I was brought up to believe that one of the most sterile foods, one of the longest lasting in the fridge was the ubiquitous egg. As a hiker, I still remember that an egg can be taken with you in an unrefrigerated state for as long as two weeks and still be safe to eat! So, how is it that they can harbor harmful bacteria? Inside?
In days gone by, I was aware that very rarely an egg could become contaminated with Salmonella enteritidis. A nasty bacterium that is actually not all that uncommon in the environment. Persons who become infected with the microbe will experience Salmonella-induced gastroenteritis which includes the same symptoms as one might experience with a bad case of the flu. It is a commonly found in chickens, cattle, pigs, ducks, dogs, and cats. Salmonella has been found on meats, in water and on the surface of fruits vegetables and cheese. In most cases the spread of the organism was due to improper handling and disposal of fecal matter from both humans and animals. This was also the case with eggs until the 1970’s when stringent measures were undertaken to cleanse eggs prior to going to market. However, apparently more and more eggs are becoming infected from the inside due to the bug getting into the ovaries of the hens. During the 1980s, illness related to contaminated eggs occurred most frequently in the northeastern United States, but now infection is increasing in other parts of the country as well. The question is why is this so?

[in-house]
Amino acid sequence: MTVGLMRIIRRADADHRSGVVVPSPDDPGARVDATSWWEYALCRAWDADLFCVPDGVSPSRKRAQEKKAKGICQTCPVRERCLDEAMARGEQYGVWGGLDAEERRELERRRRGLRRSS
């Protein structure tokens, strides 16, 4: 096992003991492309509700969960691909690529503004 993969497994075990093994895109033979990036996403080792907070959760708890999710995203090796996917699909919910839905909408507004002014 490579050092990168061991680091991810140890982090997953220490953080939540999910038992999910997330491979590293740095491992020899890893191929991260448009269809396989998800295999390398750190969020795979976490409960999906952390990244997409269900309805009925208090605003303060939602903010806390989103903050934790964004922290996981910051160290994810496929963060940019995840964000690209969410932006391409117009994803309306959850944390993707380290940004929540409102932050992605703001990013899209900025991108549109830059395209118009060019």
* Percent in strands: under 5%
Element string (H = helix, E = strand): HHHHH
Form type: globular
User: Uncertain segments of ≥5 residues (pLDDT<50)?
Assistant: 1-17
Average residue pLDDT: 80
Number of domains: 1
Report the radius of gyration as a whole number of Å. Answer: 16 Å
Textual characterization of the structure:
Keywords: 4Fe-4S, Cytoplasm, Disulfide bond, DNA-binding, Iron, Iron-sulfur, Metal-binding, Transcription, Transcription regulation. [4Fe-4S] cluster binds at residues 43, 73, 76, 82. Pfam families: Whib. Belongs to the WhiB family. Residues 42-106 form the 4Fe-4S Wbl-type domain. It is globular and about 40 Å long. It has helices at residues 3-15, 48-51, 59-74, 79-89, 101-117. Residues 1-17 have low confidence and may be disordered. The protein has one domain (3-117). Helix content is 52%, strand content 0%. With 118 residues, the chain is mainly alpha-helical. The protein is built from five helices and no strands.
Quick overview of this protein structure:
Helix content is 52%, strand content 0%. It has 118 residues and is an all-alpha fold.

In one of my previous blogs, I wrote about CAFO’s or Concentrated Animal Feed Operations. These are mega farms where literally millions of animals, including hens, are maintained in crowded, unsanitary conditions. (A situation that many feel is inhumane with activists groups now pushing for new regulations). In order to stem infection in such conditions, animals are often fed or sprayed with antibiotics. A practice that puts the microbes under intense stress. When this happens some may become more resistant while other may explore new niches where they can exist. While pure speculation on my part, I have to wonder if ‘AS’ or antibiotic stress is causing an upward spike in the number of eggs that are becoming compromised due to increasing numbers of chickens with infected ovaries. If true, then this problem could become endemic here in the United States and could force many producers to pasteurize their eggs prior to shipment. This will force the cost of this very essential food to climb rapidly upwards and would impact the cost of many items in the grocery store which contain egg products.